Four years ago, Phil Mickelson studied an 18-foot putt on the final hole at Augusta National Golf Club. Sink it, and he would win The Masters.
He tapped the ball downhill and watched. After what must have seemed like a never-ending roll, it dropped into the cup, giving Mickelson his first major after 12 frustrating years as a pro. The man known as Lefty leapt into the Georgia air, arms raised, a yell of ecstasy bellowing from his wide-open mouth.
Today, that picture of an airborne Mickelson adorns advertisements for Rolex watches. And the 37-year-old’s endorsement earnings are soaring higher than he could ever jump.
Fortune magazine estimated Mickelson’s endorsement income at $47 million last year, far surpassing his earnings playing golf, which were a paltry (in comparison) $5.8 million. In fact, Mickelson’s career earnings, stretching back 16 years, fall short of his 2007 endorsement haul.
And his popularity with companies has only grown bigger this year. Even before spring arrived, he had struck a multi-year pact with Barclay’s to put a patch on his shirt, inked a deal with Crowne Plaza to star in commercials (including a humorous spot alluding to his collapse during the 2006 U.S. Open at Winged Foot), and agreed to a three-year contract with KPMG, whose logo will grace his headwear “during all golf-related appearances,” according to the company.
Of course, Mickelson remains far behind Tiger Woods – the $100 million man – in endorsement income. But that’s not really a fair measuring stick. Mickelson – despite winning only three majors since 1992 – is the second most-marketable athlete in U.S. sports. The NBA’s LeBron James and Shaquille O’Neal combined bring in less money than Mickelson on his own.
According to a recent Davie-Brown Index, which determines a celebrity’s ability to influence brand affinity and consumer purchases, Mickelson fares OK in terms of appeal, but nowhere near where an athlete with his kind of endorsement income should be. Mickelson is on par with celebrities such as Bernie Mac and Tony Danza; his appeal falls short of the rankings of Robin Williams. In terms of trust, Mickelson is neck and neck with Houston Rockets center Yao Ming, which isn’t exactly impressive, considering Mickelson’s career has lasted much longer and he’s enjoyed far greater exposure nationally than Yao.
Since he doesn’t register off-the-chart marketing strength with the public, how has Mickelson attracted so many sponsors over the years?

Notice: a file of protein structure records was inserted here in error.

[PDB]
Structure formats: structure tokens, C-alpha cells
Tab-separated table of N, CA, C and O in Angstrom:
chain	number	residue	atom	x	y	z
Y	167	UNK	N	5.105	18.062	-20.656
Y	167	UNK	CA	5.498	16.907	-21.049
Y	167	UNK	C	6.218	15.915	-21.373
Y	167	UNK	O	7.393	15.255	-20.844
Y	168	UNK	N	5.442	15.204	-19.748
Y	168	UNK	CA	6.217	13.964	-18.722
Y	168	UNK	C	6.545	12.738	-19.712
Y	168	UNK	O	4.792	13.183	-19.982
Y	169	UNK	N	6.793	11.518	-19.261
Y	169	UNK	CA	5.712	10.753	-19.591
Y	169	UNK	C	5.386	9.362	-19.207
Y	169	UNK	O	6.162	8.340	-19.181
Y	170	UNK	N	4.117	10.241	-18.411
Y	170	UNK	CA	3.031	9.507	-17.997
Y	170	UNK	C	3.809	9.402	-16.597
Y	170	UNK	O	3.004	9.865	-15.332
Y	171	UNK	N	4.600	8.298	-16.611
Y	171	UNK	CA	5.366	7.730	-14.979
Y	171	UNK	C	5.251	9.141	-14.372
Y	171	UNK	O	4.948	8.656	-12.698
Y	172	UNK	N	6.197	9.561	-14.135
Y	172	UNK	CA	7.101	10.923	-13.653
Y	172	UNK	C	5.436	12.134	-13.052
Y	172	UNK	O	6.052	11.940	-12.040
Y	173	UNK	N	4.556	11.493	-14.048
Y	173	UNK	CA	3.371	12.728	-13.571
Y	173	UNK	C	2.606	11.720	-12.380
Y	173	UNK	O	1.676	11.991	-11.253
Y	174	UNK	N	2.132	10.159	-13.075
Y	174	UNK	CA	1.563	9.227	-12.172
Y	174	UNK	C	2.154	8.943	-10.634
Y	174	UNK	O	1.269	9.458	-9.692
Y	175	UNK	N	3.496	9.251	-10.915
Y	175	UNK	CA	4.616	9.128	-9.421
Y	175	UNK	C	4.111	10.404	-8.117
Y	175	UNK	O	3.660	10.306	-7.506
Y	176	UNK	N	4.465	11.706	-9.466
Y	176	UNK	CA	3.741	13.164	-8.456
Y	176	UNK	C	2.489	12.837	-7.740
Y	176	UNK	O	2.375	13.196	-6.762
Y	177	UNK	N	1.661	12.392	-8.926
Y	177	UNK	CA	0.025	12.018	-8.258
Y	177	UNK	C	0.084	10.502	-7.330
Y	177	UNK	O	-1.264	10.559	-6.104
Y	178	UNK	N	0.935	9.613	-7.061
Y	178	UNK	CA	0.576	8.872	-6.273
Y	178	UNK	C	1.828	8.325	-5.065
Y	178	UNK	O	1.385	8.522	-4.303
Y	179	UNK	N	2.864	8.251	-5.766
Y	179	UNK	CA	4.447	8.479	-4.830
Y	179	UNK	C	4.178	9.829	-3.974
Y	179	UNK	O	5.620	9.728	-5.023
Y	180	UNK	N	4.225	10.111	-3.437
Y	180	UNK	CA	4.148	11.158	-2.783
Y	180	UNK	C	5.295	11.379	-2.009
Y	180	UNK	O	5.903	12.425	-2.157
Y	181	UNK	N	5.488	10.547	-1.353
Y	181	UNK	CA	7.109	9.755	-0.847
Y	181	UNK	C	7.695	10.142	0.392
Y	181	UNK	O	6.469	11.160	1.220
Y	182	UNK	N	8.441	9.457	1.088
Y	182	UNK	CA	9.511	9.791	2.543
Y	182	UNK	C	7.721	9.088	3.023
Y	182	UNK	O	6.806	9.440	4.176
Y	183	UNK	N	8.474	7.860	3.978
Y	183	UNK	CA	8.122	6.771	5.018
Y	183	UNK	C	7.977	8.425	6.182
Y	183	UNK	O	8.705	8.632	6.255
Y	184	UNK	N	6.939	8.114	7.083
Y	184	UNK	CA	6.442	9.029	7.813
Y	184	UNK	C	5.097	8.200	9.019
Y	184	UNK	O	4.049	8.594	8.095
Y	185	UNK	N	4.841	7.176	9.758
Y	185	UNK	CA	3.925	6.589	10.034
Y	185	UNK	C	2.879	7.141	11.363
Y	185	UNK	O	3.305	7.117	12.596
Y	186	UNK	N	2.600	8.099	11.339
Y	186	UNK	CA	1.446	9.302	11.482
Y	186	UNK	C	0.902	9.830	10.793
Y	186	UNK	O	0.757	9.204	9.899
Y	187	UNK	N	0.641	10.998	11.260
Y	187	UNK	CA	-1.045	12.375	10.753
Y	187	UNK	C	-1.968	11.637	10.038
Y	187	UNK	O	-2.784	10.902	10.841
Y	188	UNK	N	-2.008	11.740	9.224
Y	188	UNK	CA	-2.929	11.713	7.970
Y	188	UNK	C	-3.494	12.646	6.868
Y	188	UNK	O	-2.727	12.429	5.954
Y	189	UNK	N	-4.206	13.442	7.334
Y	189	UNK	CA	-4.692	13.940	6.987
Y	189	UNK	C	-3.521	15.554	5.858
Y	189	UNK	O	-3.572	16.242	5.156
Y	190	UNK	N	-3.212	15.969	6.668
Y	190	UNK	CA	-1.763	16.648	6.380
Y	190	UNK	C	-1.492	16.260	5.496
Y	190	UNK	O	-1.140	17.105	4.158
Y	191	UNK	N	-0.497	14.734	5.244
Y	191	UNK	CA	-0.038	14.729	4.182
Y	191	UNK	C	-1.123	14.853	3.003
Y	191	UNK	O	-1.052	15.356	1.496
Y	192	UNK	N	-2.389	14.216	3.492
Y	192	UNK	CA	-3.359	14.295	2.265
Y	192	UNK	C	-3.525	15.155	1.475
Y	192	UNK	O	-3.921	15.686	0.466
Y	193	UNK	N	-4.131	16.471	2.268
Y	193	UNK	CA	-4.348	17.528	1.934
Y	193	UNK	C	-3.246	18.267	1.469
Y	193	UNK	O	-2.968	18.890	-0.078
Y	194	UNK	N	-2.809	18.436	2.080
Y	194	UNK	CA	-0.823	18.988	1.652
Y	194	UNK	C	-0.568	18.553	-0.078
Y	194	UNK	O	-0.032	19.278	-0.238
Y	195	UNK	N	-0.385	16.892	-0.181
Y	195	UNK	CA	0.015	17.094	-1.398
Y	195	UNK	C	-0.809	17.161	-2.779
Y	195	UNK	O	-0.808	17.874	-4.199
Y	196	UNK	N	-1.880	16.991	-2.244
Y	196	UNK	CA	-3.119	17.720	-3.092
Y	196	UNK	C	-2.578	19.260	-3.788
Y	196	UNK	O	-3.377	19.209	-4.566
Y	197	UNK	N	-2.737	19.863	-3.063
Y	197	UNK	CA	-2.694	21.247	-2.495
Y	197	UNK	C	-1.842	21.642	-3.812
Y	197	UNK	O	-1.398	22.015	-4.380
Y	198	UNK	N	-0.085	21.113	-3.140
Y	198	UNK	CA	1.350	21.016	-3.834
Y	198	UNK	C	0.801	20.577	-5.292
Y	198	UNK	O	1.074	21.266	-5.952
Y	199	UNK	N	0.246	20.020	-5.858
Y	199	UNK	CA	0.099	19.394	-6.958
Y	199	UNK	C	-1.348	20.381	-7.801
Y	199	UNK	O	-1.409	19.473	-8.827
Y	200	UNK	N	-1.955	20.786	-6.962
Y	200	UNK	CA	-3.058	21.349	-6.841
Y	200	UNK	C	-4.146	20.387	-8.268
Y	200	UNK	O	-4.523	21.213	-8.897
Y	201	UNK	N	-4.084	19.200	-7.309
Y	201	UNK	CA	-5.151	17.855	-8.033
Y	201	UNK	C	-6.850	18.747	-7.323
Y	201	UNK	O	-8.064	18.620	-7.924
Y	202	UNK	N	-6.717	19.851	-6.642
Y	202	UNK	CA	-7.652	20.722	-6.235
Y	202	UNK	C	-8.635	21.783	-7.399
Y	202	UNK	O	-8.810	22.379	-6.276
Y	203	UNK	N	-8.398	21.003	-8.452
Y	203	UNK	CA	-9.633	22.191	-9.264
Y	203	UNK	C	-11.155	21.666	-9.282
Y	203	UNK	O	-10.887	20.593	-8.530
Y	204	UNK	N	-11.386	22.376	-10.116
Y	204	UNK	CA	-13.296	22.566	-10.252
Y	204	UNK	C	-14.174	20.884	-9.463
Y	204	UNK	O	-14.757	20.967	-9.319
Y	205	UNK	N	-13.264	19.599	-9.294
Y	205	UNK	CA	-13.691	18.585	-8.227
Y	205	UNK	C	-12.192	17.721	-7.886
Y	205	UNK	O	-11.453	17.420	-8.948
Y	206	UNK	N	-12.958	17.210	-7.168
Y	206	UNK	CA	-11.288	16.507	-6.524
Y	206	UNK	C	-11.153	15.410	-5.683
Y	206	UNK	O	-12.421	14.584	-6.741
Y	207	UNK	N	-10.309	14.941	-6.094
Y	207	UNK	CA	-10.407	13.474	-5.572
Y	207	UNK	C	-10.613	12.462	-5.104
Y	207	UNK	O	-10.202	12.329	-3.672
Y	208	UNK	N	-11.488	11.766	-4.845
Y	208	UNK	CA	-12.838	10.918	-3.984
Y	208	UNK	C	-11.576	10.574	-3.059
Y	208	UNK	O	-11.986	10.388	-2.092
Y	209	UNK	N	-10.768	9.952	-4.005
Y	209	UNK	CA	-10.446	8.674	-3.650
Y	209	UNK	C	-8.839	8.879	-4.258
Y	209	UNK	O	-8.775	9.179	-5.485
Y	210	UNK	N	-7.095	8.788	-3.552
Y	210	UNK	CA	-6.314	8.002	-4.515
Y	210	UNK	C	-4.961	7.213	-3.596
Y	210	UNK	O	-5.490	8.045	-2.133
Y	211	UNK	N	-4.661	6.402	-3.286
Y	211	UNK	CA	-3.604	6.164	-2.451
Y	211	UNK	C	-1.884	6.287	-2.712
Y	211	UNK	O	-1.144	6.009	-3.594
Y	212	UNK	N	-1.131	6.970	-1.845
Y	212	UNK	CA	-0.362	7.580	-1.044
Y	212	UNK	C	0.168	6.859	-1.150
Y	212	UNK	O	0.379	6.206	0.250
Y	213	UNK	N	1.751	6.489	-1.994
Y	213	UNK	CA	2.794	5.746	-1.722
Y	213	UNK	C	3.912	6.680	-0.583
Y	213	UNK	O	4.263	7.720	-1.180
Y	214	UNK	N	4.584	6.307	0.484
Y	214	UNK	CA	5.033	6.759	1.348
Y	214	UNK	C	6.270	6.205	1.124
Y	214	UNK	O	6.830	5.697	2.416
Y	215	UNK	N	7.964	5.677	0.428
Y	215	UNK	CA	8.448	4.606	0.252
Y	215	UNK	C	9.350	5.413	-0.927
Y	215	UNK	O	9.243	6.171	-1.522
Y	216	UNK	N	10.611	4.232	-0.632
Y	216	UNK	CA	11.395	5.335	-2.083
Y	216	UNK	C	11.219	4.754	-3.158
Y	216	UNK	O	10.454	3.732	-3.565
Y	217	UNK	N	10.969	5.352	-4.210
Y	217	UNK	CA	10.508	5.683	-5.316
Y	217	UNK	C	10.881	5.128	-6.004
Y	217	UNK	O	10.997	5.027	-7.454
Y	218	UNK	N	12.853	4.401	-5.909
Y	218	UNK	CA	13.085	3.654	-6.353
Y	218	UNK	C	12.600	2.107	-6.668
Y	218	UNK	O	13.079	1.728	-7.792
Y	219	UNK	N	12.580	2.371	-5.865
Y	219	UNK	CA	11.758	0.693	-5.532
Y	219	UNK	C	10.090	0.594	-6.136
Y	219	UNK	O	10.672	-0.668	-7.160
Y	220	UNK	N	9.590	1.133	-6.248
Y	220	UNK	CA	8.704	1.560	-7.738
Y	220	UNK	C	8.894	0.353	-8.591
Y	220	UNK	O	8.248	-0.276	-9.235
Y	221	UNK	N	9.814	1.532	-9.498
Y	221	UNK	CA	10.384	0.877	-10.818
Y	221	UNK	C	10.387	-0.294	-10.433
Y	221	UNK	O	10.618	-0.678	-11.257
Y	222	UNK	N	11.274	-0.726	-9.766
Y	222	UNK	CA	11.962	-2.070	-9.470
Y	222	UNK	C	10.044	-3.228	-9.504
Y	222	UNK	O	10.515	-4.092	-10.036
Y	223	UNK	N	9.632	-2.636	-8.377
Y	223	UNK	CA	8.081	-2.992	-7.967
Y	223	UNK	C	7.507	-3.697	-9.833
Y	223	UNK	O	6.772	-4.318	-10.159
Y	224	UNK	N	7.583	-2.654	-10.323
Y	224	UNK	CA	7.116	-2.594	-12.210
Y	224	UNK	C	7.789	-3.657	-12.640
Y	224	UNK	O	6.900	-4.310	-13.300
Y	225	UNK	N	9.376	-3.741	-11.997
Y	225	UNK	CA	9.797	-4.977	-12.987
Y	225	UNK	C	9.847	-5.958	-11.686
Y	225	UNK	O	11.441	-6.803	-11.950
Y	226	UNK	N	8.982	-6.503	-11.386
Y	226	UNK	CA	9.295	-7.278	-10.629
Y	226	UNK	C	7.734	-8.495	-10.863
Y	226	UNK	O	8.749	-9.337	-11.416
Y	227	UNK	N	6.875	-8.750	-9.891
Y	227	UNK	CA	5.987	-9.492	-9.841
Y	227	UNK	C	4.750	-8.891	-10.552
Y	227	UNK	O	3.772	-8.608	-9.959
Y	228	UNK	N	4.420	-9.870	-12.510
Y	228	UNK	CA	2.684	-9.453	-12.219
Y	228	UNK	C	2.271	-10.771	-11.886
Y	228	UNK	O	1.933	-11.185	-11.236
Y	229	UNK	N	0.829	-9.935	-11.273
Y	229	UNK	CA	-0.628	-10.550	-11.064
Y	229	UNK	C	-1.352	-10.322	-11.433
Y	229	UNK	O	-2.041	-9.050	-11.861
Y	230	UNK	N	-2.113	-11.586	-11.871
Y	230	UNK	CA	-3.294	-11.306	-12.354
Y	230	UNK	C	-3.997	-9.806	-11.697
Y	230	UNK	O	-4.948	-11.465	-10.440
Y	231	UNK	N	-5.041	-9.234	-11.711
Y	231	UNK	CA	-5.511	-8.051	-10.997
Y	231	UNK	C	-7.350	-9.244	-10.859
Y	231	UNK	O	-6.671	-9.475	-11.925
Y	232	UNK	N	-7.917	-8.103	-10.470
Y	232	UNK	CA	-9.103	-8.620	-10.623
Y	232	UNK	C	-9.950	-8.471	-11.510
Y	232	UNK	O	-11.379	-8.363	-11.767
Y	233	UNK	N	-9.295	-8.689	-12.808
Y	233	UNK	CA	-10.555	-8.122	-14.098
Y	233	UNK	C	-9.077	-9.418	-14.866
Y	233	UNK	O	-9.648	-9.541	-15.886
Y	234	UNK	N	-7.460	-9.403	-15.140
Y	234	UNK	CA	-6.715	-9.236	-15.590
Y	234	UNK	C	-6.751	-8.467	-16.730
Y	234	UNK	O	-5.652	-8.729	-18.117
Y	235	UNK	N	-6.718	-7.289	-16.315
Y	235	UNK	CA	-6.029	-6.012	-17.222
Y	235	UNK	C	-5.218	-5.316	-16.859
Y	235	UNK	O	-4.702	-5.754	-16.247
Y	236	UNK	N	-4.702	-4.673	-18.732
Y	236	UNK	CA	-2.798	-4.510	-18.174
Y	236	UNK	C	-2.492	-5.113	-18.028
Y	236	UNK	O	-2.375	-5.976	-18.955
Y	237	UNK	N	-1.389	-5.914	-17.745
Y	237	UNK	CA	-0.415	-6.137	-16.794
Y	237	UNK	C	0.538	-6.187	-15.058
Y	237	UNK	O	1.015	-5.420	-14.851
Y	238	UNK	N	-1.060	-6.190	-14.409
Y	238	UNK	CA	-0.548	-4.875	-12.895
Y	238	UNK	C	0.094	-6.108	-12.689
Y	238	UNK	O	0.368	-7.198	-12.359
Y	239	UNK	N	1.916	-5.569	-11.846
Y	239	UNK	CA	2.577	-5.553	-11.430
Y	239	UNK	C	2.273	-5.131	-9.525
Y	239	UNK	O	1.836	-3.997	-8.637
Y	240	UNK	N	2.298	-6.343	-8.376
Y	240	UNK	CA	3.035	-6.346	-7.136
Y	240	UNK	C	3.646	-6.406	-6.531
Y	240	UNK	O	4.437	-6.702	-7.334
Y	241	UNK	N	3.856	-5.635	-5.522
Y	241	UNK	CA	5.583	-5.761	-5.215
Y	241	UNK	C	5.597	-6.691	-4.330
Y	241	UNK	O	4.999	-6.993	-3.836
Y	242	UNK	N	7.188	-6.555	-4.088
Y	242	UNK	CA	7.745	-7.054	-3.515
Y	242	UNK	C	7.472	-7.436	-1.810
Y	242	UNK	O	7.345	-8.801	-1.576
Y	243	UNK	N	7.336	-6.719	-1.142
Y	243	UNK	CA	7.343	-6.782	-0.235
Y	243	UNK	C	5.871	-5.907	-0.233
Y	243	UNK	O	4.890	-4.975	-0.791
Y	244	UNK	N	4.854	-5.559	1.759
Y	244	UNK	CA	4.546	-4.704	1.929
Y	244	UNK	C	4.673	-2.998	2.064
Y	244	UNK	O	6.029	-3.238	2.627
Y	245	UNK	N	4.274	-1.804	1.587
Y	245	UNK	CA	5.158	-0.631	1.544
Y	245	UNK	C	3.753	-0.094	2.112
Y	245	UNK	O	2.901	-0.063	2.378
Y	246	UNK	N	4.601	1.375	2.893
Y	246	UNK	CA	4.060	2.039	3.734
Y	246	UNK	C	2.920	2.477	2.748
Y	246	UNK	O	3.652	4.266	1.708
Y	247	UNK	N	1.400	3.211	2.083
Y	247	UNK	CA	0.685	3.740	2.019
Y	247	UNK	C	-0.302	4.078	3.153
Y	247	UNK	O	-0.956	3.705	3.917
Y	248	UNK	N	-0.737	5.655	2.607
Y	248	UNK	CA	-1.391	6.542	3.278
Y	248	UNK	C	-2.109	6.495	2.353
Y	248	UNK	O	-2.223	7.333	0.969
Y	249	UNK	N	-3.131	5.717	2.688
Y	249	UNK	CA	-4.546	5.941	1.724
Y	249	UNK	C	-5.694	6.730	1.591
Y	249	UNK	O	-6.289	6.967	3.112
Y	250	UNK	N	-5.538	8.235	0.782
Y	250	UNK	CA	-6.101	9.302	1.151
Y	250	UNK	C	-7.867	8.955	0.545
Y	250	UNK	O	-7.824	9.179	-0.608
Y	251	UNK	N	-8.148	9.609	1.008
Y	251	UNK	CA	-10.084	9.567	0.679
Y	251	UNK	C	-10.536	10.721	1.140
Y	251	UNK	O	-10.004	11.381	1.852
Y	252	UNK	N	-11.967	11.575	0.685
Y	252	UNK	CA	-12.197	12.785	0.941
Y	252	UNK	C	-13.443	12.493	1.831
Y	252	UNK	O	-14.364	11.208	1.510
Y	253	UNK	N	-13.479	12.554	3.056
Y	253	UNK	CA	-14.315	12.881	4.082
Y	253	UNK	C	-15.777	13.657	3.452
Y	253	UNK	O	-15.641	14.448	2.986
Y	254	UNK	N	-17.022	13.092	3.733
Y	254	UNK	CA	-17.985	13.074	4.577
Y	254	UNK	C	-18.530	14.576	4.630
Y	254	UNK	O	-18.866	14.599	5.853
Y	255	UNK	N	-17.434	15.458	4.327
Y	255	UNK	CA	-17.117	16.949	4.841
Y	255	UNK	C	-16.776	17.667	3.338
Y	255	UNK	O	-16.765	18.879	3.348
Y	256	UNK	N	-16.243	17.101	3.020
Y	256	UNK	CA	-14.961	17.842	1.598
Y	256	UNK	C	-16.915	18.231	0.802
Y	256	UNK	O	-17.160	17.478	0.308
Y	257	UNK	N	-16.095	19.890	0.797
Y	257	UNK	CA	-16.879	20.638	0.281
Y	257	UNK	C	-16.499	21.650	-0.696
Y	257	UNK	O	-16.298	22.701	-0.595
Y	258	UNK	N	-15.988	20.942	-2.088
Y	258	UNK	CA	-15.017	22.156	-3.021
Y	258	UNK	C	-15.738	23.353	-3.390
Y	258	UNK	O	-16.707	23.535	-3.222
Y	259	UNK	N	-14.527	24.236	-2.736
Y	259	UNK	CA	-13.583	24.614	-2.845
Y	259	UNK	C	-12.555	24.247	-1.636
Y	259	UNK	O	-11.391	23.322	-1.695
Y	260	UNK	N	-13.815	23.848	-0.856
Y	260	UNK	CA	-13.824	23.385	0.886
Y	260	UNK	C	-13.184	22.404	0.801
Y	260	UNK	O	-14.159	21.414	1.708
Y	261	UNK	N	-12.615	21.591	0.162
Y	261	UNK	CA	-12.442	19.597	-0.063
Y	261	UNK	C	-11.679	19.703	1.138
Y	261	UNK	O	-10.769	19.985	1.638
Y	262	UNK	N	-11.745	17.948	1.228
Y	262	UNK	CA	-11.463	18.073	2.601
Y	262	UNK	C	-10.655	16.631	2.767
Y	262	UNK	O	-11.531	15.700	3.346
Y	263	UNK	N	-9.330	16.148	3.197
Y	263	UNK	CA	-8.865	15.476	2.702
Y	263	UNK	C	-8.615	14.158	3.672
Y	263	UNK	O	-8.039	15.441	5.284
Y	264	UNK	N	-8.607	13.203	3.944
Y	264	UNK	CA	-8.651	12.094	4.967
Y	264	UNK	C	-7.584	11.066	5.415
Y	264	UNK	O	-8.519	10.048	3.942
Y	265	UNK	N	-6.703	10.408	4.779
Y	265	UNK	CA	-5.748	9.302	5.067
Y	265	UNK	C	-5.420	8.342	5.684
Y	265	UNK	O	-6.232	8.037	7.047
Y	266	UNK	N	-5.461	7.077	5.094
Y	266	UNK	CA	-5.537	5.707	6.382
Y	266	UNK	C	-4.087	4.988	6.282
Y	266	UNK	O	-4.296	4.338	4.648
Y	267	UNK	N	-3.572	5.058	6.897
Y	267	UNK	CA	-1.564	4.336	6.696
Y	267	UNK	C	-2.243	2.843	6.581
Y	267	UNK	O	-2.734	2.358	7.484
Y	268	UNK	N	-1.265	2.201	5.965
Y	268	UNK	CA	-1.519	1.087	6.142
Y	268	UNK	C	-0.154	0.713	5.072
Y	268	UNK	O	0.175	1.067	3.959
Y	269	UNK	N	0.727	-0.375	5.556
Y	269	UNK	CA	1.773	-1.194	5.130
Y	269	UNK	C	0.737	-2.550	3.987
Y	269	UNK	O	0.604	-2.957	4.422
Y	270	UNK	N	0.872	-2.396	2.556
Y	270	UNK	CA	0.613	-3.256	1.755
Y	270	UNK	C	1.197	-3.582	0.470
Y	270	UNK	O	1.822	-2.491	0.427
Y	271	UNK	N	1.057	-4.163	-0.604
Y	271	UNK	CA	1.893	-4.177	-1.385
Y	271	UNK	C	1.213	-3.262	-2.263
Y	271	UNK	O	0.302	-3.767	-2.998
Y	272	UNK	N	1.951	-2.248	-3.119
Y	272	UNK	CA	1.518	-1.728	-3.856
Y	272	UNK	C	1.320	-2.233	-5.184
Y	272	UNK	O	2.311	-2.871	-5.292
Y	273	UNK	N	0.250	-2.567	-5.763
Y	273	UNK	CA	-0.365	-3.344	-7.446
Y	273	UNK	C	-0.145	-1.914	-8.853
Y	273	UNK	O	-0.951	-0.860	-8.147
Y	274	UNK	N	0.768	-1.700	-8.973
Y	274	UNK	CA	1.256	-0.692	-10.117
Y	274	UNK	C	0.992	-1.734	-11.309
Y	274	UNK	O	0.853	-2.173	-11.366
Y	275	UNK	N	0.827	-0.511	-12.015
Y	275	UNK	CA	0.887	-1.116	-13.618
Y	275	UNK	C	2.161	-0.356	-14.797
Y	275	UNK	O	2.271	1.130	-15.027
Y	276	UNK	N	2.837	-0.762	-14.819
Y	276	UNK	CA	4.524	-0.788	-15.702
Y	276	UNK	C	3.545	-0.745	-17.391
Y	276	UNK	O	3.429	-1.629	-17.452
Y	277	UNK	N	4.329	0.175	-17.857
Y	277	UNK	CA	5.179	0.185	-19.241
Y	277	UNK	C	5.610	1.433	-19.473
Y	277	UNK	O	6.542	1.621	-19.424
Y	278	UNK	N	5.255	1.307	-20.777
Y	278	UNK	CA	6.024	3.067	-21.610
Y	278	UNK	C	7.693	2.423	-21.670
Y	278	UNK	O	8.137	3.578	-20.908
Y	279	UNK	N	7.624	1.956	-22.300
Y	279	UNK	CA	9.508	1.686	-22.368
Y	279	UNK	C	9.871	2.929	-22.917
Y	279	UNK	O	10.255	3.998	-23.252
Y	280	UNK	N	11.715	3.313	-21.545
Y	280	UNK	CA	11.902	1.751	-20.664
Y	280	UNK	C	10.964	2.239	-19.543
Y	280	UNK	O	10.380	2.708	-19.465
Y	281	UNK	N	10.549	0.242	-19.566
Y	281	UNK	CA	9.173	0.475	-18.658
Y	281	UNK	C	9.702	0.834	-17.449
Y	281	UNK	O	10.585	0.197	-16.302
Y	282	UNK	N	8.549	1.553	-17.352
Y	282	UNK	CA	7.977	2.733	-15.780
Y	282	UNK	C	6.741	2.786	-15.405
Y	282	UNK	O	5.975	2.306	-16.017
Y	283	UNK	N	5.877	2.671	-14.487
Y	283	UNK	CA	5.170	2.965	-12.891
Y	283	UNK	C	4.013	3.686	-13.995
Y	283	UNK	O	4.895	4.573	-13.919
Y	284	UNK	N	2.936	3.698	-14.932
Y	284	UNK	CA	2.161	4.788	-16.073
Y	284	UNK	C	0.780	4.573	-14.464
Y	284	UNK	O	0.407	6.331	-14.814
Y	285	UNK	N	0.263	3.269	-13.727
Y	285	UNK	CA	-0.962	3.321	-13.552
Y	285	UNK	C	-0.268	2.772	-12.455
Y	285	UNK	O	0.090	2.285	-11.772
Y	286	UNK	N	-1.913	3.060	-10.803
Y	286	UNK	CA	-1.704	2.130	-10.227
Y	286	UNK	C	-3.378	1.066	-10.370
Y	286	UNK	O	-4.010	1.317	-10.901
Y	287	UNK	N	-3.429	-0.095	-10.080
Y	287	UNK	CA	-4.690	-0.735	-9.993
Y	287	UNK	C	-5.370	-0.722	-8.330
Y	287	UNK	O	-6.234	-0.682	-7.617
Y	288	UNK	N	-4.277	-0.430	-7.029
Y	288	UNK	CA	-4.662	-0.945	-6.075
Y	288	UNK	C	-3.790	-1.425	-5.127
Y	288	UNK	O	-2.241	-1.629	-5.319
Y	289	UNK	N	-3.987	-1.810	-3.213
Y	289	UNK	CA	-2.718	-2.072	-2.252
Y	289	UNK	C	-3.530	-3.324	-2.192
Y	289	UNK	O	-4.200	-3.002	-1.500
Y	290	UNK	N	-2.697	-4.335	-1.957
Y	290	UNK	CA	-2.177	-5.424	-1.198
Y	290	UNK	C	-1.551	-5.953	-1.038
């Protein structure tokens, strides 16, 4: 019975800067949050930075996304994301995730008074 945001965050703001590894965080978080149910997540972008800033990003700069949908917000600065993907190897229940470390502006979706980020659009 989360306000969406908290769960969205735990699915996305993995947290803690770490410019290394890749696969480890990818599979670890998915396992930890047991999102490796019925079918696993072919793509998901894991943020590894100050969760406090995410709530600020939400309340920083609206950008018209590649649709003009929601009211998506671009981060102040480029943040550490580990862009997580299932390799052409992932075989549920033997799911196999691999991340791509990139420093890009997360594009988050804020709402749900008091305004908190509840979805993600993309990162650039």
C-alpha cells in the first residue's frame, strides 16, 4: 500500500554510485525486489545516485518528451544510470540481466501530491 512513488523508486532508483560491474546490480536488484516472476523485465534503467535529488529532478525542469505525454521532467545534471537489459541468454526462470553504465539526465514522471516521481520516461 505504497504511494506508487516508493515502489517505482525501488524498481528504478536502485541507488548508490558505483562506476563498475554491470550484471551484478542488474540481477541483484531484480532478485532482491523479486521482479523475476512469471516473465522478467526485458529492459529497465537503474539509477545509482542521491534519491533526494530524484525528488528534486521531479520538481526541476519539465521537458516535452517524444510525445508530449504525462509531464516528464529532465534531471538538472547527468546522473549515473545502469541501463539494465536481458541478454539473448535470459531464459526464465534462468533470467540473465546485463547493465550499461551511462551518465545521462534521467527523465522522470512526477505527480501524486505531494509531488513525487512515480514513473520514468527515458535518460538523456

”Before he won his first major, it was a good story because he came so close (like at the U.S. Open at Pinehurst). A lot of people got behind him for that,” said Darin David, account director for Millsport, the sports marketing agency of The Marketing Arm in Dallas. ”He’s a professional guy who doesn’t make a lot of waves. That’s appealing to the type of companies that are doing marketing around golf.” For those watching on Sundays, his PGA Tour victories always generate a welcome sight on television: the greeting of his blonde wife Amy and three adorable kids when Mickelson departs the 18th green.
Said David: “There’s always that emotional connection when you see his kids. Sponsors love to see that.”
Of course, Mickelson’s commitments to more than half a dozen sponsors, who slap logos on his shirt and cap and who feature the Arizona State graduate in a number of commercials, create the possibility of overexposure. At the moment, though, that seems unlikely, since Woods is such a huge presence. No matter how exposed Mickelson is, his presence will seem tiny compared to the game’s preeminent golfer.
Mickelson’s No. 2 ranking in endorsements among pro golfers seems to be safe. According to Golf Digest, Vijay Singh is the next-closest among active PGA Tour players, earning about $20 million in 2006. Mickelson’s biggest competitor in the years ahead may be the LPGA’s Michelle Wie, who brought in $19.5 million as a teenager in 2006.
Considering the off-course earnings among former greats who are senior citizens, the future looks bright for Mickelson. Arnold Palmer raked in more than $27 million two years ago, with one-time foe Jack Nicklaus posting a score of $17.5 million in endorsement income. As long as Mickelson isn’t beset by scandal, he can be assured of eight-figure annual endorsements for at least the next three decades.
In Augusta, Mickelson is gunning for his third Masters in five years. If Zach Johnson places the size 43 long green jacket on Mickelson this Sunday, those firms, such as Barclay’s, who just claimed a stake in Lefty will be the ones doing the jumping.